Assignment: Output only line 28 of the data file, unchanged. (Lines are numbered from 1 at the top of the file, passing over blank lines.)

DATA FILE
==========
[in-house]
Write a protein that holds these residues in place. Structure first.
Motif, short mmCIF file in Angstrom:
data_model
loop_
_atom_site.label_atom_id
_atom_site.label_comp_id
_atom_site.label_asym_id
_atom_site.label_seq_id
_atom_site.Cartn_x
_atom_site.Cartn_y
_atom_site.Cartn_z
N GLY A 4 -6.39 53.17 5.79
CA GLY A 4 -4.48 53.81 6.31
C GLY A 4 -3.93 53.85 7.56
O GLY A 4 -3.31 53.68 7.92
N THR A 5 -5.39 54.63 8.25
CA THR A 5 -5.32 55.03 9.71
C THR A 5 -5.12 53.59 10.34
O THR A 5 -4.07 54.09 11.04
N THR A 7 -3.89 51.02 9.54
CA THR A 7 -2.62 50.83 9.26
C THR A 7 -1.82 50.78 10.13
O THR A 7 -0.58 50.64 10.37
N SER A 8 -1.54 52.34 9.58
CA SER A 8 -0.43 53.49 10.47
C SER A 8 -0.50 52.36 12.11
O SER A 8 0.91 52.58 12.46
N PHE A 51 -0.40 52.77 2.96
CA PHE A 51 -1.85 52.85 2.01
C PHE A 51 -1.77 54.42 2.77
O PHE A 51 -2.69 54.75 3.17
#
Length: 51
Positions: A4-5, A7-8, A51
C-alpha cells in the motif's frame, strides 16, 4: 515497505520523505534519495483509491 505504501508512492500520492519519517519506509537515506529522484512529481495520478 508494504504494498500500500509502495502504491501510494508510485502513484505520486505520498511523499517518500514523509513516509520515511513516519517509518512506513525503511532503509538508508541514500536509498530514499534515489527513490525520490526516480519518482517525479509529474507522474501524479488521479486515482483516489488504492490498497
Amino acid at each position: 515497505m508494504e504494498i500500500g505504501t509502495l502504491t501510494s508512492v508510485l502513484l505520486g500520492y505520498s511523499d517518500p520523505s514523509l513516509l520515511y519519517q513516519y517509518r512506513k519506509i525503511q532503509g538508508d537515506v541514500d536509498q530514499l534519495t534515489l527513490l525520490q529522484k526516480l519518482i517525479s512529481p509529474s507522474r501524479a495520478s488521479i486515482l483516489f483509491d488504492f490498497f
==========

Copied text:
O SER A 8 0.91 52.58 12.46